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Project Analysis and Decision Making March 2, 2006 Steven W. Peuquet, Ph.D., Presenter Center for Community Research

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Budgeting as a Decision Making, Planning and Management Tool ... Budgeting involves the making of choices. Hopefully intelligent choices for both: ... – PowerPoint PPT presentation

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Title: Project Analysis and Decision Making March 2, 2006 Steven W. Peuquet, Ph.D., Presenter Center for Community Research


1
Project Analysis and Decision Making March 2,
2006 Steven W. Peuquet, Ph.D., Presenter Center
for Community Research Service University of
Delaware
  • Nonprofit Management
  • Certificate Course
  • 2006

2
Need I Say More?
3
Topics Well Be Covering Today
  • The Dual Requirements of the Nonprofit
    Organization and Their Importance for Decision
    Making, Planning and Management
  • Nonprofits as Legal and Economic Institutions
  • Budgeting as a Decision Making, Planning and
    Management Tool
  • Useful Decision Making Techniques for Planning
    and Management
  • Data and Information for Decision Making,
    Planning and Management

4
The Dual Requirements of the Nonprofit
Organization and Their Importance for Decision
Making, Planning and Management
5
The Dual Requirements of the Nonprofit
Organization and Their Importance for Decision
Making, Planning Management
  • A nonprofit must fulfill its cash flow
    responsibilities like any business enterprise.
  • A nonprofit must pursue its mission.

6
The Dual Requirements of the Nonprofit
Organization and Their Importance for Decision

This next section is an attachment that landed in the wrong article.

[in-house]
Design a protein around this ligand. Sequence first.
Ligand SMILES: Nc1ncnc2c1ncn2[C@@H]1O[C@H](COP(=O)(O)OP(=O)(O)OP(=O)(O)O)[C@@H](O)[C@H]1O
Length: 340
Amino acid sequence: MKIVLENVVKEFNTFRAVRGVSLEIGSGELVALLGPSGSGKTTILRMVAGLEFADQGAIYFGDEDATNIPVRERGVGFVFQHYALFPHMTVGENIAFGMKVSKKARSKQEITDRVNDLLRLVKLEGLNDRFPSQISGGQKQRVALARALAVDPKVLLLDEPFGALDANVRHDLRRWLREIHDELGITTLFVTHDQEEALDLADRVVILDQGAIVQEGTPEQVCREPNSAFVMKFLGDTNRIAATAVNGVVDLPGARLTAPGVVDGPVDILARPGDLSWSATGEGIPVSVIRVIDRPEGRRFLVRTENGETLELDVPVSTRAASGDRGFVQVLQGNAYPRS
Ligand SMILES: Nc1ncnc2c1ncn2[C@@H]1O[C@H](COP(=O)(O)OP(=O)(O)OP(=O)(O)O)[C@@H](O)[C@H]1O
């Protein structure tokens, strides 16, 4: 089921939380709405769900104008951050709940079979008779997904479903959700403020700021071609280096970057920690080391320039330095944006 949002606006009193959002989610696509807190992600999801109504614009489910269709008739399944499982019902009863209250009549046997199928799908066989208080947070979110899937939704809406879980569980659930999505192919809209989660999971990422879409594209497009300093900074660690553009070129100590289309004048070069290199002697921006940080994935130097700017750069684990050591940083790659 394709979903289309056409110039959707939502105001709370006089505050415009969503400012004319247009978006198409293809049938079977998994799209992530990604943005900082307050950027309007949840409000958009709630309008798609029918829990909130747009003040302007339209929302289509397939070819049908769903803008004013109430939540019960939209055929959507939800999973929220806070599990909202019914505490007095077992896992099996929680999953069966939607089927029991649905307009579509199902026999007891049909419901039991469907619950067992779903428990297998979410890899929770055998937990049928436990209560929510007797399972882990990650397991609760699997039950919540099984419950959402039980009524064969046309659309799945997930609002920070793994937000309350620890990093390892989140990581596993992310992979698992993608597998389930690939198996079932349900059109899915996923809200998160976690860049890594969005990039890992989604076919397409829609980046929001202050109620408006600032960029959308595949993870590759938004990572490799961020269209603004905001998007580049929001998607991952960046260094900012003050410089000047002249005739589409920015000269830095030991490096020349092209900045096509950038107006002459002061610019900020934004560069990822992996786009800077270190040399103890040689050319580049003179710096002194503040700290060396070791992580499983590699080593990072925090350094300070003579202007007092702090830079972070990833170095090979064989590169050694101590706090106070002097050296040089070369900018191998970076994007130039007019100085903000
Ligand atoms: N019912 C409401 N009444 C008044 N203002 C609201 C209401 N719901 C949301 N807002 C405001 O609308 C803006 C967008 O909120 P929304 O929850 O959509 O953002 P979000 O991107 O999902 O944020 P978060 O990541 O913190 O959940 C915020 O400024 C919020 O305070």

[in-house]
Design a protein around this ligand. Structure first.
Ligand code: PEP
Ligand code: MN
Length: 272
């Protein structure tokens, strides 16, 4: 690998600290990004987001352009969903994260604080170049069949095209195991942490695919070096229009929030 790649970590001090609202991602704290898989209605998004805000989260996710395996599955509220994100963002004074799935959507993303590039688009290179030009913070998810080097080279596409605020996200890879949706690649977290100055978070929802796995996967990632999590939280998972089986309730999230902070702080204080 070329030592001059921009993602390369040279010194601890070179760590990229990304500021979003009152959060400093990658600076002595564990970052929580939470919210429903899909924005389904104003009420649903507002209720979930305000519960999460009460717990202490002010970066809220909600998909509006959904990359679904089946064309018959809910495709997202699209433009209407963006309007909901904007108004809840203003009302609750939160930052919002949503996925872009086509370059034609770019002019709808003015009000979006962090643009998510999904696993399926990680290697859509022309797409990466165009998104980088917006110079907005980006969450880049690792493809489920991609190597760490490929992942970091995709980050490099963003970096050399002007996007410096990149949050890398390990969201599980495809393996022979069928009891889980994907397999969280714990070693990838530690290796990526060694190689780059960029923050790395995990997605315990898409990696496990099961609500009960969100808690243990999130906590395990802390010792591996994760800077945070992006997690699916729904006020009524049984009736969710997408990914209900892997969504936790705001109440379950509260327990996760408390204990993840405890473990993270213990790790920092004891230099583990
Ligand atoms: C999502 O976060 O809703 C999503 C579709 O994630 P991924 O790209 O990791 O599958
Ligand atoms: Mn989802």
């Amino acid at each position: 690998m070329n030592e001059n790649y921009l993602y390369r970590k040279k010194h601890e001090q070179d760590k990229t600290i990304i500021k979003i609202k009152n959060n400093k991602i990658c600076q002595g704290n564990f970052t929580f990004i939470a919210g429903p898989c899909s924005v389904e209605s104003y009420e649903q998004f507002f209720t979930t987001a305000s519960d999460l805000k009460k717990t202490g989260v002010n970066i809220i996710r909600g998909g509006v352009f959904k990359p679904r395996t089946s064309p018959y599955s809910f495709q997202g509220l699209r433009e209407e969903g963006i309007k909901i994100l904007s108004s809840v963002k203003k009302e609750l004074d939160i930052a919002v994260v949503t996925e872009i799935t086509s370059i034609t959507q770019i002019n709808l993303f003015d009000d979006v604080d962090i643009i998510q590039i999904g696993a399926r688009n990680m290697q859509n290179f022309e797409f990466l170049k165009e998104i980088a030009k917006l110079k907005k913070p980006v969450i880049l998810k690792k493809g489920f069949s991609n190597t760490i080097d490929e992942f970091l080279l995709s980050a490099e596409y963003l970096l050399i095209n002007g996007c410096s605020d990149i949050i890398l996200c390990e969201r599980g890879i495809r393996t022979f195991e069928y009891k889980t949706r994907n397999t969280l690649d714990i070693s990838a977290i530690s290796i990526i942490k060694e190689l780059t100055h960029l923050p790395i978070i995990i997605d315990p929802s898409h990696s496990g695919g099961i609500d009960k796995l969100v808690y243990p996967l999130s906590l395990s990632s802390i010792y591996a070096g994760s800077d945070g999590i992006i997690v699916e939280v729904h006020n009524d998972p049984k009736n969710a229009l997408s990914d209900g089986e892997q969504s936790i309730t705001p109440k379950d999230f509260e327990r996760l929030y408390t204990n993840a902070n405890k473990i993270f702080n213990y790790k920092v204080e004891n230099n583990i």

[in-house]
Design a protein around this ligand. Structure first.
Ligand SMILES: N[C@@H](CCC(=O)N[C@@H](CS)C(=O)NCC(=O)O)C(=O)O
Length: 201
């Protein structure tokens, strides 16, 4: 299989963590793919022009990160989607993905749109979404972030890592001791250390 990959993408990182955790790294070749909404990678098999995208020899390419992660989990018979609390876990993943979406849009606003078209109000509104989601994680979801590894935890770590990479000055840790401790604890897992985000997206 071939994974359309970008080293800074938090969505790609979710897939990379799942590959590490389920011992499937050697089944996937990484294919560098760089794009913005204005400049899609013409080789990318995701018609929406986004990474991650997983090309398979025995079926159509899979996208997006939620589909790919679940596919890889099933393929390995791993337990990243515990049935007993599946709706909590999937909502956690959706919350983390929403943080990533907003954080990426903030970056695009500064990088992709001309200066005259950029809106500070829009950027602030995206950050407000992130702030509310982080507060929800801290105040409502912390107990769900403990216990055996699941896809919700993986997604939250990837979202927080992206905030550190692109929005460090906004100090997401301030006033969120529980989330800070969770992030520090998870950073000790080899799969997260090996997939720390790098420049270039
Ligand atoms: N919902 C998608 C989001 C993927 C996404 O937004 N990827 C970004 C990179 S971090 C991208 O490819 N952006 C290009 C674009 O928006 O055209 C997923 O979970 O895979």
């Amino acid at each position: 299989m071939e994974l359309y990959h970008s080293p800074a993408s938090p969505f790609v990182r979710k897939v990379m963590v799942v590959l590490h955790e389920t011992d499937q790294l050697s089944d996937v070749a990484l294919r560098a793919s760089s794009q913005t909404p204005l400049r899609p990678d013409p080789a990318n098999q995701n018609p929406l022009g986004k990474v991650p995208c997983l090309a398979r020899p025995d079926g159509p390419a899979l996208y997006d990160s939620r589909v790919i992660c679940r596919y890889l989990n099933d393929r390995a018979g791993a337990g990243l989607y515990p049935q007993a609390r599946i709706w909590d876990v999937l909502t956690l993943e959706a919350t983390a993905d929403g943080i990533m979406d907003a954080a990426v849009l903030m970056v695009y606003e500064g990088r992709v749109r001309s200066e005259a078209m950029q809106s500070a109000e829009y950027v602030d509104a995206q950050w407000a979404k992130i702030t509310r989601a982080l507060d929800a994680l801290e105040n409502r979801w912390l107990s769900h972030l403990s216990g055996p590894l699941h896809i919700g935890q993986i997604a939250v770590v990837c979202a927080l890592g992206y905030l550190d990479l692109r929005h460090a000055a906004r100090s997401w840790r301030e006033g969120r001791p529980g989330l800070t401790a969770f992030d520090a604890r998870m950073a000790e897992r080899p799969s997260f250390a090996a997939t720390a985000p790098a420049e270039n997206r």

Making, Planning Management
Facts of Nonprofit Life
  • No matter how laudable a mission may be, it must
    be financed in order to be realized.
  • If cash flow obligations are not met, the
    organization will die and its mission will not be
    pursued or accomplished.

7
Nonprofits as Legal and Economic Institutions
8
Nonprofits as Legal and Economic Institutions
Nonprofits are economic enterprises in every
sense.
  • They must obtain scarce resources (land, labor,
    and capital) in the marketplace (via purchase
    and/or donation).
  • They produce and sell goods and services directly
    or indirectly through third parties.

9
Nonprofits as Legal and Economic Institutions
Important Point
  • NPs are more like businesses than government
    (government can tax, NPs businesses cannot, NPs
    and businesses can go bankrupt, government
    cannot).

10
Nonprofits as Legal and Economic Institutions
NPs must have external sources of support, and
may, but do not have to have, sources of internal
support.
  • External funding -- contributions
  • Internal funding -- money generated through fees
    for goods and/or services produced, or from
    investments

11
Nonprofits as Legal and Economic Institutions
Important Point . . .
  • Contrary to common belief, the law does not
    prohibit NPs from making a profit. In fact, the
    profit might be sizable!